LaSalle St. P'ship, 526 U.S. 434, 461 (1999). Courts “look to the plain, ordinary meaning of the
words and phrases in a statute to discern the legislative intent” and “presume that the legislature
intended its language to be applied in a logical manner consistent with the statute’s underlying
policies and goals.” Ashlin Transp. Servs., Inc. v. Indiana Unemployment Ins. Bd., 637 N.E.2d
162, 166 (Ind. Ct. App. 1994). “The Supreme Court has repeatedly recognized that ‘[i]n
ascertaining the plain meaning of the statute, the court must look to the particular statutory
language at issue, as well as the language and design of the statute as a whole.’” Crowley v. Pace
Suburban Bus Div. of Reg’l Transp. Auth., 938 F.2d 797, 798 (7th Cir. 1991) (quoting K Mart
Corp. v. Cartier, Inc., 486 U.S. 281, 291 (1988)).
After reviewing the statute as a whole, the Court finds that Plaintiffs’ interpretation of the
Autism Mandate is at odds with the plain language of the statute. The Autism Mandate specifically
(a) An accident and sickness insurance policy that is issued on a group basis must
provide coverage for the treatment of an autism spectrum disorder of an insured.
Coverage provided under this section is limited to treatment that is prescribed
by the insured's treating physician in accordance with a treatment plan. An
insurer may not deny or refuse to issue coverage on, refuse to contract with, or
refuse to renew, refuse to reissue, or otherwise terminate or restrict coverage on
an individual under an insurance policy solely because the individual is
diagnosed with an autism spectrum disorder.
(b) The coverage required under this section may not be subject to dollar limits,
deductibles, or coinsurance provisions that are less favorable to an insured
than the dollar limits, deductibles, or coinsurance provisions that apply to
physical illness generally under the accident and sickness insurance policy.
Ind. Code Ann. § 27-8-14.2-4 (emphasis added). If the Court permits Plaintiffs’ reading of the
statute, that an insurer is required to cover any treatment proscribed by the insured’s treating
physician, then the last sentence of subsection (a) and subsection (b) in its entirety would add
nothing to the statute. See Corley v. United States, 556 U.S. 303 (2009) (“[a] statute should be
construed [to give effect] to all its provisions, so that no part will be inoperative or superfluous,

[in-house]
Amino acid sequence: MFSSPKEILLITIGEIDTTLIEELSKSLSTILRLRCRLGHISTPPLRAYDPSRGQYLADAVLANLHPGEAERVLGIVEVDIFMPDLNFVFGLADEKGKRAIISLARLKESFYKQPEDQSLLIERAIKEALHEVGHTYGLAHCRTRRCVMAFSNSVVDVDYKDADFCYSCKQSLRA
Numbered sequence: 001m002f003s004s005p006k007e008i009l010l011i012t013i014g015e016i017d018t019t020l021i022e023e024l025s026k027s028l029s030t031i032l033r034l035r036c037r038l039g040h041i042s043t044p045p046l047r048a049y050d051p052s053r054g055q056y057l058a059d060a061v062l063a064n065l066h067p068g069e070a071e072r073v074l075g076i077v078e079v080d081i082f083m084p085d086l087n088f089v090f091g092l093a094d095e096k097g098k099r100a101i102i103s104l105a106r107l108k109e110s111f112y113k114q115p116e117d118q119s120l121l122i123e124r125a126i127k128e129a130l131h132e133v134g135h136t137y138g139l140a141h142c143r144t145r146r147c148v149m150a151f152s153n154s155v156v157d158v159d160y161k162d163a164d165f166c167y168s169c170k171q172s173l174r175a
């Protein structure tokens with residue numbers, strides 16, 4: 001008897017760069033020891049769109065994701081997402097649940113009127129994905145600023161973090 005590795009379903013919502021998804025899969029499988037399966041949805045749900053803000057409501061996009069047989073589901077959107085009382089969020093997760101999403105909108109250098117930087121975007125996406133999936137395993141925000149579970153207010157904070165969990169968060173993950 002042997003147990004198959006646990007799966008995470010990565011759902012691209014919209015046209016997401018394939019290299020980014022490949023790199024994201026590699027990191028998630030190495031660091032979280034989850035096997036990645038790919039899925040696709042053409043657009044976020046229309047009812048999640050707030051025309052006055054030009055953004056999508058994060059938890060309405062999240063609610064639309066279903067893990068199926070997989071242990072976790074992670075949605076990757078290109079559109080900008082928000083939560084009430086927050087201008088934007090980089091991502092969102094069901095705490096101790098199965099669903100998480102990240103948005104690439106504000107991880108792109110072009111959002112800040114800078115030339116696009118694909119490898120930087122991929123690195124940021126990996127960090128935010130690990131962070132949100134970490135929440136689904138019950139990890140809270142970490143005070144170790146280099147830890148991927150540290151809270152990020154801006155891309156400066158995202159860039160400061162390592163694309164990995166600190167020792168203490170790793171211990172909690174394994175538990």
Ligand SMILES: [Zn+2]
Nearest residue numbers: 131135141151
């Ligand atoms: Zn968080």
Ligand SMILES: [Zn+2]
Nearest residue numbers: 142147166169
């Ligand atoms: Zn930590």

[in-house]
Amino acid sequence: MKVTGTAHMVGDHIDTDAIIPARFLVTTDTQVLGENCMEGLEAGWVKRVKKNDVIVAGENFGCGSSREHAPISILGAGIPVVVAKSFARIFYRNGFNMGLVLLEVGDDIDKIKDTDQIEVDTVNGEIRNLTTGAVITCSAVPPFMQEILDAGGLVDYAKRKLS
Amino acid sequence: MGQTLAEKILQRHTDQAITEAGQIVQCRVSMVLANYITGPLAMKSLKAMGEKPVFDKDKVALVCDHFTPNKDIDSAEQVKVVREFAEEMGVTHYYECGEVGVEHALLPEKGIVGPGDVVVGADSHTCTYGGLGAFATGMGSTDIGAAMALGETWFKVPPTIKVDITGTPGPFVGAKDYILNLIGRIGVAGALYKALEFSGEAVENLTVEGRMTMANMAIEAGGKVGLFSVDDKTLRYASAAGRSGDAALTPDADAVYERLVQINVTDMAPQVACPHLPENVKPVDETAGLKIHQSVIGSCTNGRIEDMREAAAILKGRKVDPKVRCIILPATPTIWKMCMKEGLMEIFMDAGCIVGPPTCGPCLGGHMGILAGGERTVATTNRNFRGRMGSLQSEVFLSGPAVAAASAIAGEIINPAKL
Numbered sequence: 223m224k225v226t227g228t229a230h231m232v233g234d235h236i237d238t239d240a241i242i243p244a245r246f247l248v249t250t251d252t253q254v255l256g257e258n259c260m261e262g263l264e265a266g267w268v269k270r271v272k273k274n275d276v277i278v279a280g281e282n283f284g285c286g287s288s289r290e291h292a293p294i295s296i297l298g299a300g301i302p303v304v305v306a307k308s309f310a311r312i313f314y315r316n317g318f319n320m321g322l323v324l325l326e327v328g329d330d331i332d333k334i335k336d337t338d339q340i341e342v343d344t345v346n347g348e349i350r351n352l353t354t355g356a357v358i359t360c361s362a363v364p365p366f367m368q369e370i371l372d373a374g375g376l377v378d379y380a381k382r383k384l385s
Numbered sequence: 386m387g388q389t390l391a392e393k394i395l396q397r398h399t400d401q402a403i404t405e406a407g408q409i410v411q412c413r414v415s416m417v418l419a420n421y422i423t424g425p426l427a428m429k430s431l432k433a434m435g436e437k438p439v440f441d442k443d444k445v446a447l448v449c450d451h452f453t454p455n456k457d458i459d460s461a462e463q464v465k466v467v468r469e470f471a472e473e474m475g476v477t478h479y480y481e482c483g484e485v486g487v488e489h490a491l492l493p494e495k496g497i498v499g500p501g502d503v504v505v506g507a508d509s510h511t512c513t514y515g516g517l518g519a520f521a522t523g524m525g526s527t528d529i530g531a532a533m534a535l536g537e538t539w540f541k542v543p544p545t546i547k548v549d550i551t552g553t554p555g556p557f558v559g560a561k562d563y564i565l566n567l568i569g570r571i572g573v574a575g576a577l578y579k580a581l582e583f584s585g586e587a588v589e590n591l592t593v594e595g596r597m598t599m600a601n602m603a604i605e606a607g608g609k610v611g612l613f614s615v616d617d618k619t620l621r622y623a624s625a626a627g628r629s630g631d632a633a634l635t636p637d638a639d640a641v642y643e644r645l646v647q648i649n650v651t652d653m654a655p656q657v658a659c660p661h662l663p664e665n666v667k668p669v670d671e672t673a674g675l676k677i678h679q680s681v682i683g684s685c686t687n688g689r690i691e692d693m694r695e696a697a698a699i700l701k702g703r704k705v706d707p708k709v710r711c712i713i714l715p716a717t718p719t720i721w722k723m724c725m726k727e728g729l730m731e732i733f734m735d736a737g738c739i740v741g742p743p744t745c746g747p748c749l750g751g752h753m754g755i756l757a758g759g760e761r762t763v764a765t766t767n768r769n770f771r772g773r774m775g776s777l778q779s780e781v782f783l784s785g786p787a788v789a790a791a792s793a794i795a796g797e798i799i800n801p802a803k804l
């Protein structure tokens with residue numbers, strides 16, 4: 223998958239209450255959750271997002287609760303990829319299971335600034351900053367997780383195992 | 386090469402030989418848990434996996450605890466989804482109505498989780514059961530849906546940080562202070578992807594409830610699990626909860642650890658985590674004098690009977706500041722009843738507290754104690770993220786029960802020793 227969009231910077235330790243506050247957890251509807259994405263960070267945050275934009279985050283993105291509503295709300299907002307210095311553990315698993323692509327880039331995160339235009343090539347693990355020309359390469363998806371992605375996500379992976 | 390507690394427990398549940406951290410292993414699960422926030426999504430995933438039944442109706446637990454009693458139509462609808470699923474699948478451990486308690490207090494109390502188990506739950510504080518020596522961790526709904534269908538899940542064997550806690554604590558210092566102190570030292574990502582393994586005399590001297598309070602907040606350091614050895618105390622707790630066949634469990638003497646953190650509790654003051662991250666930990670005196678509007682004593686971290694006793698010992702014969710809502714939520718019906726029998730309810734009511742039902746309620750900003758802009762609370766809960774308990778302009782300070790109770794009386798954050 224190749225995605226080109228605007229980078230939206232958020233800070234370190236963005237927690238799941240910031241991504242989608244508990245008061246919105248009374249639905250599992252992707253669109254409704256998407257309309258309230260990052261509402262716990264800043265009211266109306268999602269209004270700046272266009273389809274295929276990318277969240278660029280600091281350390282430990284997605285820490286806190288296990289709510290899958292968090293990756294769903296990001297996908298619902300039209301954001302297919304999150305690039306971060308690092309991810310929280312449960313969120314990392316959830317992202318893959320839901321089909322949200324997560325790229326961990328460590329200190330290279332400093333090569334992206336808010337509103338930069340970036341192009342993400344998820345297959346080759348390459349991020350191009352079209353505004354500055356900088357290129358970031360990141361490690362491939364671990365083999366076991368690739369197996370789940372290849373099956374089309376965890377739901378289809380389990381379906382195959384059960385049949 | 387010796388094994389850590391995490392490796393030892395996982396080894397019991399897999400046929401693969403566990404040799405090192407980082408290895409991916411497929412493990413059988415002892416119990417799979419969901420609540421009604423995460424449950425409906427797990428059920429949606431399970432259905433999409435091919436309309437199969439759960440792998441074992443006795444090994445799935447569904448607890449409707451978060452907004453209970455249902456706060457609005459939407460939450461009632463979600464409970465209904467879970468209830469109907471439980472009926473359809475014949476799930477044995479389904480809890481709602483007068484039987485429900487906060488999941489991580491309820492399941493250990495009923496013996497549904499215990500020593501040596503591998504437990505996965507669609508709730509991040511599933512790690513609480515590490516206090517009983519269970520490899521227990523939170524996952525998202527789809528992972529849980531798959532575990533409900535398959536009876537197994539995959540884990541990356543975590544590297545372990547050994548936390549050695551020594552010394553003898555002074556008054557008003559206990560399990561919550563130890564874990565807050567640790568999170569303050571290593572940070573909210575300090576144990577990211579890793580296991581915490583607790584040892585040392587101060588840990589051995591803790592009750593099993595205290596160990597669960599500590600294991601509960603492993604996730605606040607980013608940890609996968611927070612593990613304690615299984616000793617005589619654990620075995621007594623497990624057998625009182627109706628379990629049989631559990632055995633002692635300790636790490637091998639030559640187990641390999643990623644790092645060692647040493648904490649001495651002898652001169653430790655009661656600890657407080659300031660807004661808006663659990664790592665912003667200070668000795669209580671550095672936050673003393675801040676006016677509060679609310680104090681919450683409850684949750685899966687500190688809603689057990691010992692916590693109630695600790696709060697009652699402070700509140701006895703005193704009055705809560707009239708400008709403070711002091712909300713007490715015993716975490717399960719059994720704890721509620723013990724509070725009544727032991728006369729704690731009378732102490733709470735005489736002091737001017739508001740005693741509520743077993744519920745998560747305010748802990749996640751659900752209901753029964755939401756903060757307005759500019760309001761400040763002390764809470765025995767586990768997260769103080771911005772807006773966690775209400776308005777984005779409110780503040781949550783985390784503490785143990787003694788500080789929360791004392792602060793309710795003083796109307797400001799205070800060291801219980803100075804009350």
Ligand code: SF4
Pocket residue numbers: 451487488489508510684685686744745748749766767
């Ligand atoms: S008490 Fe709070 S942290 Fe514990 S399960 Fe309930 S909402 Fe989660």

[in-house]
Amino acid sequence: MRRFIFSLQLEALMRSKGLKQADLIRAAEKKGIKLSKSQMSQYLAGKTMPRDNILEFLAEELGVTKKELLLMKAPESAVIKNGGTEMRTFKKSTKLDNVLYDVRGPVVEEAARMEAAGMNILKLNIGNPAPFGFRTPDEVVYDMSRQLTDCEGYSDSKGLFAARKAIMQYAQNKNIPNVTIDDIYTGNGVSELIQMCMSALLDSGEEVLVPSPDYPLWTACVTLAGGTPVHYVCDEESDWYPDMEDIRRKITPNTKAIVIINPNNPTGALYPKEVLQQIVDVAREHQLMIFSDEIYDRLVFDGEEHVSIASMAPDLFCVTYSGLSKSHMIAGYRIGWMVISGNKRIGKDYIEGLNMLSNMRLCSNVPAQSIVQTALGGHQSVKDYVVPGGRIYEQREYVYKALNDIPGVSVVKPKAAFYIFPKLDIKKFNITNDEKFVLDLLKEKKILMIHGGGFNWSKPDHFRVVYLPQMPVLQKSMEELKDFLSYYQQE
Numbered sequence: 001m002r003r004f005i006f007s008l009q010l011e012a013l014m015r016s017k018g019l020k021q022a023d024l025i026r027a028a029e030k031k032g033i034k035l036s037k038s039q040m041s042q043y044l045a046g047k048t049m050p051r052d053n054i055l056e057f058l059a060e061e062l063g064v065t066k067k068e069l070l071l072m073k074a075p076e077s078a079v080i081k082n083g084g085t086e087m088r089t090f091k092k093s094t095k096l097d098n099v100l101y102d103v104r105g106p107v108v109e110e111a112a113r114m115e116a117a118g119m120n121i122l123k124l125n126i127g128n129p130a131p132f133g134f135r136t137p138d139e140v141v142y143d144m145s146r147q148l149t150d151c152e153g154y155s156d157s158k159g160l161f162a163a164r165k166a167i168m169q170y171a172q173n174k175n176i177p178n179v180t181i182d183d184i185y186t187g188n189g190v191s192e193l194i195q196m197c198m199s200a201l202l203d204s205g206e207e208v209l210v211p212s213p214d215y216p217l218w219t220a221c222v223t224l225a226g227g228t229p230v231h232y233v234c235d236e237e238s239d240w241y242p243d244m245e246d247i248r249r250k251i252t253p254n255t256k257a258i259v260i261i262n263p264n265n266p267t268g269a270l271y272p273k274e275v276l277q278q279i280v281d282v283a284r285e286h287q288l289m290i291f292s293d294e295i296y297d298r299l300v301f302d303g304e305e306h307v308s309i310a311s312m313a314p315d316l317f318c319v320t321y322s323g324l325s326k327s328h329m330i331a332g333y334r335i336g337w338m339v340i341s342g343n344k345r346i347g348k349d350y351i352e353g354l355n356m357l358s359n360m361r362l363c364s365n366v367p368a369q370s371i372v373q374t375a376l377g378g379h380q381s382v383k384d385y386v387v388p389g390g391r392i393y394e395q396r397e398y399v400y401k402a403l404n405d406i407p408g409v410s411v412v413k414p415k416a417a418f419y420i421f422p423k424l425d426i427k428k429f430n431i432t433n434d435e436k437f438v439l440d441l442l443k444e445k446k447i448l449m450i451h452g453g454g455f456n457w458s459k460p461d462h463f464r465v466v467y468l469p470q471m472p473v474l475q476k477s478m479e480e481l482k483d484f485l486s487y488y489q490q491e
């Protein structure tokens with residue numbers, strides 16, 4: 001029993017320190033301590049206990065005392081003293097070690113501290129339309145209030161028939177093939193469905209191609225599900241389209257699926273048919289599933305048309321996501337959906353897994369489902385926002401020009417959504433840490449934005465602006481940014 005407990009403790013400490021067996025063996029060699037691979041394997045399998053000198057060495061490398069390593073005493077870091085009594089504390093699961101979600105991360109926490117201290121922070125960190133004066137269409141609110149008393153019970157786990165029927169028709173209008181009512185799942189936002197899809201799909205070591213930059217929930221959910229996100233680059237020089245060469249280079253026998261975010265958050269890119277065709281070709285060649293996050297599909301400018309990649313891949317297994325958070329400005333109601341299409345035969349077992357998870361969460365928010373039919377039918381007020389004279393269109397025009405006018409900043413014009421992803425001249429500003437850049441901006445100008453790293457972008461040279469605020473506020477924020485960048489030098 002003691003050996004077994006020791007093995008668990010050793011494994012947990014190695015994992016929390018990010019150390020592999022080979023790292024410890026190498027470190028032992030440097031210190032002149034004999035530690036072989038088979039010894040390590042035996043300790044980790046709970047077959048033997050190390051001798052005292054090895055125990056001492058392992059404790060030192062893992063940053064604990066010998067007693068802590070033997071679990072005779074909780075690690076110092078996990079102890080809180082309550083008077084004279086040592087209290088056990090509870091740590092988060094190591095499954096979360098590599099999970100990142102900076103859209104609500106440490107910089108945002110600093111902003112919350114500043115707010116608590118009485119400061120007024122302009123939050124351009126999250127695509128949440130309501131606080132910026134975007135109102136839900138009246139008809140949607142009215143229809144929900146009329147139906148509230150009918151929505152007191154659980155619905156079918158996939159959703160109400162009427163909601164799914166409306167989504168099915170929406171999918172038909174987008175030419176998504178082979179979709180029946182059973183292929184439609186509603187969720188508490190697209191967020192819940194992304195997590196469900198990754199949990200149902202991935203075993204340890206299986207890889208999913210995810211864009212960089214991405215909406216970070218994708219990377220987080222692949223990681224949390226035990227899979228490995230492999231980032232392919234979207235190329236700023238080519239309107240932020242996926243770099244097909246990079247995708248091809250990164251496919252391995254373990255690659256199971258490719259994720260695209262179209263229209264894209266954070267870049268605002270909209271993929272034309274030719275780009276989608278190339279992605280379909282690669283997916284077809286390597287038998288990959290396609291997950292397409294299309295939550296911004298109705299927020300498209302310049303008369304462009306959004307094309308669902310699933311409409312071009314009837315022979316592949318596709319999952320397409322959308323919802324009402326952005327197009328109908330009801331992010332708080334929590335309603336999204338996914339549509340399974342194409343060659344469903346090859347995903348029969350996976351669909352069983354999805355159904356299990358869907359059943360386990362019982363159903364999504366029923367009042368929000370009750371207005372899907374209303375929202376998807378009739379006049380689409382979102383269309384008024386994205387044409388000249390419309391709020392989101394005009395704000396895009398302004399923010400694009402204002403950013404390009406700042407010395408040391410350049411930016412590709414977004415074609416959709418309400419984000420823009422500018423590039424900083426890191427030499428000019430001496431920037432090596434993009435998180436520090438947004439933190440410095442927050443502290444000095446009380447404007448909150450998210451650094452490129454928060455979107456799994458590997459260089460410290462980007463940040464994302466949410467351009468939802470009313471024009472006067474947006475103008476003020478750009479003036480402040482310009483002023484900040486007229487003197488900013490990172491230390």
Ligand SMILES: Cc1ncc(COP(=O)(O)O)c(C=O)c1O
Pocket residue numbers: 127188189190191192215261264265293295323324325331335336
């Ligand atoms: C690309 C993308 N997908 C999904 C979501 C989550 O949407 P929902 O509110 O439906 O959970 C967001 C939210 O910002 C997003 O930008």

void or insignificant”) (citations omitted). Based on the plain language of the Autism Mandate,
the Court finds that Anthem is not required to cover any treatment proscribed by W.P.’s treating
physician. Accordingly, Anthem may refuse to provide or terminate coverage for autism treatment
so long as its refusal is not solely or exclusively based on W.P.’s autism spectrum disorder and
Anthem does not impose less favorable financial limitations than those that apply to physical
illness under the Plan.
The Court also finds that when viewing the plain language of the statute, and other similar
statutes under the Indiana Insurance Code, the limitation on financial requirements outlined in
subsection (b) is not synonymous with an hour limitation. See Ind. Code § 27-13-7-14.8(d); see
also Chicago & Calumet Dist. Transit Co. v. Mueller, 213 Ind. 530, 534 (1938) (when determining
legislative intent, a court may look to “other statutes regarding the same subjects, or relative
subjects”) (citations omitted). The Court agrees with Anthem and concludes that, even if IDOI’s
interpretation of the Autism Mandate imposes an hour limitation, the plain language of Indiana’s
Autism Mandate does not preclude Anthem from capping the number of covered ABA therapy
hours. See Etzler v. Indiana Dep't of Revenue, 43 N.E.3d 250, 255 (Ind. Ct. App. 2015) (rejecting
the Department of Revenue’s proposed interpretation of a statute as “neither apparent in its plain
language nor consistent with other sections of Indiana Code chapter 6-8.1-8”); see also Town of
Merrillville v. Merrillville Conservancy Dist. By & Through Bd. of Directors, 649 N.E.2d 645,
649 (Ind. Ct. App. 1995) (“[w]hen the legislature enacts a statute, [courts] presume [the legislature]
is aware of existing statutes in the same area”); Sanders v. State, 466 N.E.2d 424, 428 (Ind.1984)
(“[s]tatutes relating to the same general subject matter are in pari materia 1 and should be construed
together so as to produce a harmonious statutory scheme”). Accordingly, Anthem’s Motion for
partial judgment on Plaintiffs’ claim that Anthem violated the Autism Mandate is granted.
ERISA Limits Equitable Relief Claims for Wrongful Denial of Benefits.
Anthem also requests partial judgment on Plaintiffs’ equitable relief claim for wrongful
denial of benefits under Count II of the Complaint, arguing that the claim is not available because
it is duplicitous of Plaintiffs’ wrongful denial of benefits claim under Count I of the Complaint. A
civil action may be brought under ERISA,
(1) by a participant or beneficiary—
(A) for the relief provided for in subsection (c) of this section, or